Come Play With Me-1-I hated Dallas. It was enormous, even in the 1960’s, claustrophobic, hot and sprawled like a concrete octopus across the prairie. Before my family and I moved to that short stay in the old Brownstone apartment complex, we lived in Foyil, Oklahoma, and I attended Bushy Head Elementary. It broke my heart to have to leave the little red house my father built, and even more painful to say goodbye to my two dearest friends, Donna and Pam. I kept a photograph that was taken on the last day of school, the three of us, arms around each others shoulders, grinning like the world would never end and we’d be friends forever. The world almost did end in 1964 but we didn’t know it, and our friendship vanished along with the tall green forests of Northern Oklahoma. Now, I was interred on the hot tired, restless city on the prairie. It wouldn’t be until a year later when a government-sanctified abduction would take place, leaving my brothers and I in the hands of well meaning but stupid foster parents. It wasn’t until I was in college thirty years later that I found out this happened to a tremendous number of people of Native or Native decent. I was placed in the system, where I was properly Christianized, Caucasianized and damned lucky I wasn’t sterilized in the process. If I had been a few years older, that probably would have happened too. But I digress. But for now it’s 1966, and life is reasonably well, with the exception of the move. Daddy hadn’t had his accident yet, and Mama hadn’t come down with the cancer that literally ate her alive, white people hadn’t carried us off and divided us up like puppies, and the world’s evil was carefully contained in a box in our living room, along with the Huntley Brinkley News.One of the few good things about the move it was that we lived only a few blocks away from my Aunt Willene and Uncle James’s house on Kimberly Lane. My brother and I spent time exploring the abandoned two-story house next-door, and slurping down huge wedges of watermelon when Uncle James, Uncle Jay and Daddy came home from work. When we lived in Oklahoma, Daddy was a machinist and worked for a company called Oil Well, out of Tulsa, Oklahoma. But when he returned to Dallas, he worked with Uncle Jay and Uncle James, who were brick masons. Our family’s claim to fame is that Daddy and his brothers helped build the infamous School Book Depository. Something that got me into several fistfights when some neighborhood kids found out about it and accused us of helping to kill the President. -2-Uncle James had a rocking good habit. Besides being a bricklayer, he was also a mechanic. There was this cliff behind the house, about thirty or forty feet deep, judging by the size of it. On the other side, you could count the large cement tanks from the concrete plant nearby. I counted them often: yellow-red-orange-blue. In that order. But that wasn’t a part of the habit, no. That was only a small, but slightly interesting detail. Uncle James liked driving cars off the cliff, and he was very good at it. He’d buy cars under the impression of repairing and reselling them. But when one was irreparable, he would drive it off the cliff. We saw him do this the first week ‘settling in’ to our new home and I was feeling morose, sitting on the swing counting the cement tanks, yellow-red-orange-blue, and wondering why they hadn’t added a green one, when my brother squealed with rapturous delight and pointed toward the garage. Uncle James revved up the engine of an elderly white Chrysler (apparently his least, or most favorite vehicle depending on how you looked at it, because the bottom of the cliff was littered with them) its engine knocking as if the guts were going to blow out the sides. The Chrysler squealed, and lunged forward like a pig jabbed in the butt with a hot poker. It rattled and rumbled as it moved toward its demise, and then, just before it reached the brink, Uncle James would open the door and roll out of the car. The Chrysler did a long swan dive down into the embankment, rattling and rolling all the way down, just like cars falling off cliffs in the movies. Sometimes, Uncle James would leave the radio on, and today, Elvis was Crying in the Chapel all the way down the embankment, coming to a dull crashing shriek as the car struck the rusted debris at the bottom.-3- The old complex of brownstone apartments looked like my baby brother’s blocks strewn across the floor. All of them were square, nondescript, with two sometimes three stories, and thick cream-colored granite steps leading up to the front door. Black iron stairways along the sides of the building led to the second story balcony. We lived on the bottom floor; our door was the same creamy brown as the steps with a small stained glass window in the door. Our door was the only one that had one. Three other families lived in our building, but only two of them had kids my age. Jobeth Simons lived next door. She was twelve, almost on the cusp of womanhood, tomboyish like me. She was a white girl with sandy brown hair and a splattering of freckles across her nose and cheeks. I met her first, her coming home from the park with her parents, tossing a soccer ball into the air as she walked up the steps. She passed me, sitting on the steps with my elbows digging into my knees, my hands propping up my chin, missing my two best friends in the whole world. She bounced the ball thoughtfully beside me for a minute or two, then, grabbing the black and white ball said, “Wanna play?” I didn’t want to, but agreed because there was nothing else to do but sit in the heat and feel sorry for myself. After a few minutes of kicking the ball back and forth, then running to keep it from going into an imaginary goal, the black mood lifted and I was giggling and squealing right along with her. We picked up two more friends as the hot sticky summer drawled along. Jasper Mendez, a Mexican boy with thick black hair and dark eyes began kicking the ball along with us. Another boy appeared the next day and after watching us and taunting Jasper about playing with “Gurrrrls,” Wesley Polanski joined in.-4- There wasn’t much of a field to play in. The only real grass was between two of the complexes, and occasionally Old Lady Wise, who worked nights at a shoe factory, would open a window and squawk at us with her high pitched cry, her face pink and outraged. We’d move the game in the parking lot, was chased out there, and then finally found a thin strip of green on the other side of our building. I was goalie, Jasper would often team up with me and we’d do battle against Jobeth and Wes. Jobeth was excellent. Jasp cringed whenever she thundered down the green toward our goal. I’d try and stop her, but there was little use. She nearly always got it past me. “I’m going to become the first women’s soccer player,” she bragged one afternoon when she collapsed into the scant grass beside me Wes howled. “Girls can’t play soccer. Girls grow up to become mommies and secretaries, my dad said so.” “You’re Dad’s a sexist pig,” Jobeth stated. “Haven’t you heard of Women’s Lib?” “The bra burners? Ha! You ain’t even old enough to own a bra. Besides, my pa says all those women’s libbers ain’t nothing but men hating Lesbos.” “That’s BS,” Jobeth said with typical twelve-year-old haughtiness. “When I’m old enough I’ll be a soccer player. And no stupid boy is gonna tell me otherwise.” “Then that makes you a Lesbo. Only a Lesbo (he emphasized) would want to do anything but have babies,” Wes said. Sensing the playground fight of the century, and wondering what a Lesbo was, I raised myself to my knees to watch with prairie dog like interest. Jobeth squared off with Wes, with her fist clenched tight against her leg. I was delighted. A good fight isn’t something to miss. “Take that back!’ “Not on a bet. She male” Jobeth drew back about to roundhouse Wes one in the ear, when I called out. “Hey, ya’ll, who’s that kid over there?”The fight was postponed as all of us stared at the boy standing at the corner of the building. “Oh, there’s that spooky kid again,” Jobeth said, her voice dropping to a whisper. She flung her arm around my shoulders, cupped her and to my ear and whispered, “He’s a little creep.” The boy lurking in the shade of the building was thin, small and blond. He had a hollowed out look a round his eyes like I’d seen on the Vietnam Veteran who mooched for money at the Big M convenience store down the street. “Seen too much action,” my father said after he dropped a dollar in the man’s cup. “It happens, shell shock. Poor bastard.” “Get on out of here!” Wes was shouting, picking up rocks and throwing them at the kid as he ran toward him. “Little Creep, stinking faggot!” “Hey!” I shouted back, “Wes, you ain’t supposed to be chunking!” The boy fled between the houses and Wes strutted back to us, looking enormously pleased with himself. “What a retard,” “You shouldn’t chunk rocks at the kid, maybe he was just lonely and wanted to play,” I said. “Wes is right,” Jobeth said, her expression dead serious under her sunburn. “I heard my mom and dad talking about him and his father last night. She said his dad does things—“ her expression adult serious, “bad things. Mom’s threatening to call the law on him.” “What kind of bad things?” I asked. “Just bad. . .things,” “It means, Davie’s dad is a creeped out weirdo,” Jasp said. “My abulito said so.” His voice lowered, adding drama only a ten year old could do, “He takes pictures.” “What’s so bad about that?” Wes sputtered, made a remark under his breath, and the boy and his father vanished from our minds when a car behind us honked.-5- “Woah! Check it out!” Jasp said, awestruck as the gleaming red convertible pulled into our parking spot. “Daddy!” I shouted, “Uncle Jay!” I ran toward the car, and leaned against the passenger side door while Daddy gave me a quick hug. The boys were snooping around the car, awestruck while Jobeth stood beside the driver’s side, with a strange look on her face. “Are you a real Indian?” she blurted. Uncle Jay grinned then ruffled her hair. He was way too cool to answer such stupid questions. In my opinion, Uncle Jay was the coolest man on earth, and my dad, the next coolest guy; a Cherokee James Dean in white t-shirt and jeans; resting his elbow out the window with his Lucky Strike curling blue smoke to the sky. “Where’s your war bonnet?” Wes asked, and I frogged his arm. Uncle Jay laughed. He let down on the horn again, and I saw Mama coming out of the house, her red hair blowing in the breeze as she carried the baby on one hip and led Brother down the steps. She smiled, and looked for all the world like Maureen O’Hara. “Hop in,” Daddy said as he lifted me up and I squirmed into the back seat, while Uncle Jay opened the door for Mama and the baby, with Brother squirming in behind her. “Where’re you going, Mr. Walkingstick?” Jasp asked. “We’re going to the Dairy Queen, then out to Bruton Road Drive In. We’re going to see ‘Hush Hush Sweet Charlotte,” Daddy explained. “Cool!” Wes exclaimed. “I wish we could go too.” “Maybe next time.” Uncle Jay said. He winked at my friends (I saw his reflection in the rear view mirror) honked the horn one last time, then backed out of the parking lot and onto the street. We took off toward the drive in, my friends standing on the green looking jealous and forlorn while the car radio sang “heavenly shades of night are falling, it’s twilight time. . .” I turned and waved, my long braids slapping around my face as I did so. In the growing shades of evening, Davie haunted the green from the shadows.-6- “Will you come play with me?” A shy voice at the bottom of the steps interrupted my reading. I put down my copy of The Black Stallion, and looked down at Davie who had a soccer ball in his hands. I looked around for Jobeth and the boys but they were gone. I was alone, sitting on the steps with Davie asking me to play. “Never talk to strangers,” my parents cautioned me. “Never go inside their houses or cars, and don’t take money from them.” I didn’t fully understand why because all the adults I knew in Foyil Oklahoma were kindly folks who were patient and friendly. One of my favorite places had been a general store where a Cherokee man with a hunched back and gentle face gave me Big Chief notebooks, crayons and would teach me how to write the Cherokee Alphabet. At that point in time, I was a member of the tribe, and I didn’t have a clue about documentation, nor did it seem to matter. Oklahoma was home; Dallas was alien and fit like an uncomfortable pair of shoes. This made me see something different with the adults who lived in the apartments. Although we were squeezed together like mice in a cage, we really didn’t know anything about one another. So when Mama and Daddy said to keep away from strangers, I didn’t argue. Kids seemed to have been exempt from this rule. Davie was still looking at the ground, his soccer ball almost too big for his hands. Pity squeezed my heart, and before I could give him a brutally cool Bette Davis refusal, I said, “Sure.” We walked around to the side of the building, onto the green and began kicking the ball around. Davie was not enthusiastic, it seemed, although I tried to get him more involved. Eventually, he stopped, picked up the ball and said, “It’s too hot. Let’s go to my house and watch cartoons.” Without thinking, again for the second time in the day, I said, “sure, why not?” and he seemed tense, then sighed as if resigned to some unpleasant fate. We walked to his brownstone, which was the next one over from ours, climbed the wrought iron steps to his balcony and entered the darkened living room. There was something wrong here; my instincts picked it up at once. Jobeth’s caution floated through my mind, and I instantly regretted forgetting it. The living room was innocuous, hot and dark. It didn’t have a water cooler like our apartment and the air was so still it made it hard to breathe. A television squatted in the center of the room, with a small divan in the corner. There was nothing else in the room, except for Davie’s dad, who stepped in front of me like Bella Lugosi with a hangover. Davies’ dad is weird, I thought. My spidey sense was tingling now, big time, and as I looked up at the man with the tangled eyes, I knew I was in serious trouble. I took a deep breath. Maybe it’s just my imagination, I told myself. Mama is always after me about that. “Hi, little girl, what’s your name?” he asked. “Lily,” I lied. It was wrong to lie, I knew, but all bets were off and I felt safer if he didn’t know my real name. I eased toward the door, but Davie swung it shut. I heard it lock. “Lily and I are going to watch cartoons,” Davie whispered. “Cartoons? Why that’s a fine idea,” Davies’ dad, (whom I suspected wasn’t his real dad at all) said. “But first, how about we take a few pictures. You like having your picture taken, don’t you little girl? All little girl’s do. You can be a fashion model for me. You’d like to be a fashion model wouldn’t you?” I thought about the picture of me Donna and Pam slipped into the clamp on my dresser mirror, our arms intertwined, our gap toothed grins shining; buddies for life. It’s not going to be like that, I thought. Not a friendly arm around the shoulder thing, and no fashion model thing either. No sir ree Bub. “I suppose so,” I said. My heart was really hammering now. Jobeth warned me about pictures . . .and bad things. Why hadn’t I listened? The door was locked, and I knew if I ran to it, old Tangle Eye would grab me and then it’d be game over. I thought about Bette Davis, how she chucked a planter onto her dear sister’s head in last night’s movie. Hadn’t they tried to drive her crazy? But this is crazy, my mind roared. Crazy and there’s no planter in the room, just me, Creepy Davie whose lip was trembling as if he were to belt out one loud howl, and Daddy Dearest, who I couldn’t figure out for the life of me how he could even take a picture with his eyes being so twisted up. “I have a special room. .A special room in the back,” I half heard. “You can go in there and take your clothes off. Don’t worry though, it won’t hurt, not at all, and you’ll like it. You and Davie will be in pictures together, and you’ll like it. It’ll feel good.” His voice was rising now, like a woman on the brink of hysterics. “And afterwards you can watch cartoons and have ice cream, how about that?” I didn’t want to go into that room. I damned sure didn’t want to take my clothes off, and I was certain I wasn’t going to like what he and Davie had in mind. “Okay,” I said, doing my best to take the fear out of my voice. “But first, I have to go to the bathroom. I can go to the bathroom, can’t I?” The Man’s face did a weird little dance. “Okay, Davie show her where it is.” Davie, head hung down, shoulders trembling, led me to the bathroom. I went inside, then the door slammed, and something heavy scraped against the door. I tried to push it open but it was blocked. I’m trapped, I thought, and my fear was starting to swallow me whole. After the pictures there won’t be any ice cream and cartoons, my heart of hearts warned me. After the pictures, there won’t be any you, and Mama and Daddy will wonder whatever happened to you. I sat on the commode and hucked back tears. I can’t cry now, I told myself. I have to get out, now, right now. They won’t let me hide in here forever. I thought about trying to shove the door open but whatever they placed against it was too heavy. Besides, the front door was locked, and I’d have to get past them, which wasn’t going to happen. I looked around the bathroom, hoping for a laundry chute or anything big enough for me to squeeze through. Sunlight spilling through the narrow window above the bathtub provided me with an answer. It was high up, with a narrow ledge, but it was open, the screen having rusted out and big enough for me to squeeze through. I was still on the second floor, but at that point, it didn’t matter. All I wanted in the world was to get away from Davie, his dad and those evil pictures. I climbed into the bathtub, and stretched until my fingers dug into the windowsill. Holding my breath, I scrambled up the wall and hung, virtually in midair as I balanced my narrow chest onto the sill. I turned my head and looked down, my heart pounding, my eyesight shattered by tears. There was a fire escape connected to the back of the apartments. Except from where I was, it was a good four-foot drop to the platform below. There’s a window behind that platform, where you can step out in case of a fire. If Davies’ dad should happen to see me, he could grab me and suck me back inside. A loud scraping sound from behind me made up my mind. They were about to open the door. Before I could change my mind, I swung my legs over the edge and held onto the sill. I looked down, my fingertips burning. The platform was closer now, but then again, so were the voices inside the bathroom saying something about getting a rope. I let go. I hung in midair for a moment, thinking that I had missed the platform and was now falling to my death. Then, my feet hit the metal grate, jarring my teeth as I landed. I looked up and saw Davie’s dad looking down at me, his face twisted into a mixture of rage and lust that terrified me beyond words.I scrambled off the platform, down the wrought iron steps, sure that Davie and his dad would be on the ground to grab me. I fled around the corner, slammed into Jobeth who was kneeing her soccer ball into the air. I staggered, recovered and virtually flew home.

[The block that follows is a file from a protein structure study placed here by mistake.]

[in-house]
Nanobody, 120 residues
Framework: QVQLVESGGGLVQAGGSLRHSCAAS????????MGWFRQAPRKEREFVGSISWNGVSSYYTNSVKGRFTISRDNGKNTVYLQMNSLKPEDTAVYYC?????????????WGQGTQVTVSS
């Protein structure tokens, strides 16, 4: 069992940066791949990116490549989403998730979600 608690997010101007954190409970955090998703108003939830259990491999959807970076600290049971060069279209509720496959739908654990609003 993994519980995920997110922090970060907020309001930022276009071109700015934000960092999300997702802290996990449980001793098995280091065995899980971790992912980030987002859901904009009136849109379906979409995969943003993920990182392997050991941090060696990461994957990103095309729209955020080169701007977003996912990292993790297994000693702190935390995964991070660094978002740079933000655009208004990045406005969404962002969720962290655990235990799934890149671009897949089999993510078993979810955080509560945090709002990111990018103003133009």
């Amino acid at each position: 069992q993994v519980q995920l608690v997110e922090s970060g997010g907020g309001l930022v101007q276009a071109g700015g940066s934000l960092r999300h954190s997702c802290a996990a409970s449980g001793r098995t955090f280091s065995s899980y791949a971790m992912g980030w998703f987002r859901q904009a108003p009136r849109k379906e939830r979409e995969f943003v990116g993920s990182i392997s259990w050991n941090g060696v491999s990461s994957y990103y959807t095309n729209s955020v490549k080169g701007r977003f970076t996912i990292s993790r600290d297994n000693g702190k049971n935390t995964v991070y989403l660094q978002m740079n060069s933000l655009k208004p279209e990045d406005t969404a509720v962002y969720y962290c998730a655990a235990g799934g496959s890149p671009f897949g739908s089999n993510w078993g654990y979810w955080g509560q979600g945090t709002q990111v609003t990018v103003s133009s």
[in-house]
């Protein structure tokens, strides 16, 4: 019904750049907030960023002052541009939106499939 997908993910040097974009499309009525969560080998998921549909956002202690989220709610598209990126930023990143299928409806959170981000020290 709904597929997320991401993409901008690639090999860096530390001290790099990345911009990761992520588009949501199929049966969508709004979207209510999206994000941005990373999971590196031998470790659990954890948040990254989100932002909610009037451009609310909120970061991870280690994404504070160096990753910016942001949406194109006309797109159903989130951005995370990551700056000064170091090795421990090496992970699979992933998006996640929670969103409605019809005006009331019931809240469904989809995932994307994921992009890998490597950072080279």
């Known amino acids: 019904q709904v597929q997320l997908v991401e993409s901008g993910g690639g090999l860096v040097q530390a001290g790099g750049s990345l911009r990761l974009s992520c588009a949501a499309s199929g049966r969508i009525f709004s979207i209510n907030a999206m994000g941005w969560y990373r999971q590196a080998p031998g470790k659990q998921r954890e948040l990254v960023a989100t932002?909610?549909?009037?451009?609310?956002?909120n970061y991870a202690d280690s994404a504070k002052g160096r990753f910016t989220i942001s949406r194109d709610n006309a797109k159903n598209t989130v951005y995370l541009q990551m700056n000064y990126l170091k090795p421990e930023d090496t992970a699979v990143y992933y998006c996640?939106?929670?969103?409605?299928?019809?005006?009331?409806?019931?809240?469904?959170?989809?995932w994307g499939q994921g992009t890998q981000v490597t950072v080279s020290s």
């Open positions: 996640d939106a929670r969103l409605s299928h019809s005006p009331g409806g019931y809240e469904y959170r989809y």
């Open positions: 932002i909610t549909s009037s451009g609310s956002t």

I was crying for real now, because I caught a glimpse of Davies’ crazy tangle eyed father standing on his porch watching me as I tore across the green and up the steps to our own apartment. I hurled open the door, my sneakers skidding against the hardwood floor as I rushed inside. I slammed the door and locked it. Mama came out of the kitchen, her favorite yellow apron tied neatly around her waist, protecting her dress from the remains of the meatloaf that encrusted her hands. “Mama!’ I cried, ran, and threw my arms around her. “What’s wrong, baby?” she asked, “Did you have a fight with one of your friends?” I shook my head, unable to speak. I howled into her apron while she held me close, her warmth, and her womanness comforting me. In another year, I’d never be comforted like that again.-7- I stayed inside for the rest of the week. I was too scared to go out. Davie came to the door once, tentatively knocking, and me telling Mama that I never wanted to see him again. “You should tell him that yourself, instead of having me do your dirty work for you,” but she didn’t understand. She hadn’t see Crazy Davie’s dad and his awful pictures. I lay on my bed, with my knees curled to my chest, resolved to stay inside my room forever. I hadn’t eaten much, Mama bringing me in a plate with fried chicken, my favorite, which I left untouched. I simply lay there; too scared to move, wishing with all my heart I could go back to Oklahoma. I entertained the idea of asking if I could go and live with grandma and grandpa, who still lived in Claremore, but I knew if I asked, there’s be questions, something I didn’t want. The days passed. Daddy came in, and touched my forehead. “Are you sick, Sister? Do you need to see a doctor?” I shook my head and curled tighter into a ball. “I don’t know what’s come over her,” Mama said from the foot of my bed. “She’s been like this all week. She hasn’t eaten or said hardly a word since she came home all upset. I thought she had a fight with one of her friends, but Jobeth told me this morning that there wasn’t any squabbling going on.” “Did you and Jobeth have a fight?” Daddy asked. “No,” I whispered into my sheet. “Then what’s got you so upset?” he asked. “I want Uncle Jay,” I whispered, not understanding why I could tell him but not my own father. Maybe it was because I knew how mad Daddy could get. “Can I talk to Uncle Jay?” “Sure,” Daddy said, with an odd tinge in his voice. “Mama’ll call right now, okay?” “I want him to come here,” I said. “I don’t want to talk on the phone.” Daddy sighed. “I’ll see what I can do.”-8- The hot day retreated into a stuffy evening. I continued to lie in bed, my hand curled around The Black Stallion, more for comfort than for reading. I heard Uncle Jay’s voice in the living room, my mother’s concerned whispers, and Daddy’s muffled voice competing with the cicadas outside. The door opened, and I heard Uncle Jay’s heavy footsteps across the room. “Hey, Little Bit,” he said as he eased himself onto the foot of my bed. “Something bad happened didn’t it?” I nodded, the sheet rising and falling with the movement of my head. “Let’s talk about it.” I shook my head. The words had gummed up in my throat and I was afraid I’d cry again. “I can’t help you if you don’t tell me what’s going on,” Uncle Jay said, “After all, I drove here all the way from Balch Springs to hear what you have to say.” I sat up, and held my knees to my chest. I looked up at Uncle Jay’s face, his eyes wide and earnest. “You won’t get into trouble, if that’s what you’re worried about,” he said. “If a bad thing happened, we need to know about it. We can’t make it better if you don’t tell us what’s scared you.” I drew a long shuddering breath, and then told him everything. He sat still, his whole being focused on every word. Once I began, I found it was easier to talk. Toward the end, everything gushed out. I leaned against him, trembling and crying quietly against his chest. He asked me to repeat it again, and I did. He stopped me occasionally and asked questions, which I answered. “Okay,” he said. “I’ll take care of it.” Just like that. Uncle Jay was going to take care of it. I didn’t know what he meant, nor did I care, but he gave my arm a gentle squeeze and left my room. I could hear muffled conversation in the living room, my mother’s shocked gasp, and Daddy’s fluent swearing punctuating the low grade muttering from my Uncle. It took a few minutes for me to realize the rest of the conversation had morphed into Cherokee. I strained to hear, but I wasn’t quite sure of the words. “Be careful,” Mama said in English, loud enough for me to hear. Somehow I think she knew I was listening all along. I heard the door slam, and Uncle Jay’s convertible fire up. I felt infinite relief because I knew that they were going to take care of business. How didn’t matter, only that after tomorrow, life would reset itself, it would be safe to go outside once again, and evil would be limited to the glass tube in the living room. I crept into the living room and sat beside my mother on the couch. Her arm pulled me close. I sighed, knowing now everything was going to be all right. I saw the glint of cold blue steel half hidden under her frilly yellow apron. Her hand blurred, trying to hide the barrel under a frill, but I knew instantly what it was. It was Daddy’s gun. -9- Davies’ dad—whom we found out later—wasn’t his real dad at all, but a stranger who picked the boy up off a playground close to his home In Bandera, Texas. Davie’s real name was Sammy Caldwell, and had been missing for a year. I never saw him again, but Jobeth told me that social workers took him home to his real parents. The man who claimed to be Davies’ dad vanished. The police entered the apartment and found his stash of what my mom alluded to as ‘dirty pictures’ in a spare bedroom. An all points bulletin soon followed, and that afternoon I sat on the hood of the patrol car with the officer’s hat on my head, and told the story of Davie, the man he lived with, and the scary jump out of the window and onto the fire escape. And no, I didn’t let him take any naked pictures of me with Davie.-10- According to ancient Cherokee tradition, the village warriors hurled anyone who harmed a child off a cliff as punishment. Whether that’s historically accurate or not, I cannot say. All I know is that shortly after the incident, we moved to Sunnyvale, and we never talked about Davie’s creepy dad again.-11- In 1975, Uncle James and Uncle Jay died within six months of each other, both having succumbed to cancer in midlife. The house on Kimberly Lane was sold, and a strip mall was about to take its place.The new owners, feeling put out no doubt, had Uncle James’ junk cars pulled out of the embankment. One of them, an aged Studebaker, lumbered up the side of the cliff as the wench from the tow truck pulled it from its final resting place. As the workman removed the cables from the back of the car, the trunk latch, long since rusted out, popped open. He looked inside, astonished, as the curled husk of a man lay half hidden by a rotting Navajo blanket, peering up at him with one putrid tangled eye.
Causes Patricia Snodgrass Supports
The Hunger site
Children's Miracle Network
American Cancer Society
The American Heart Association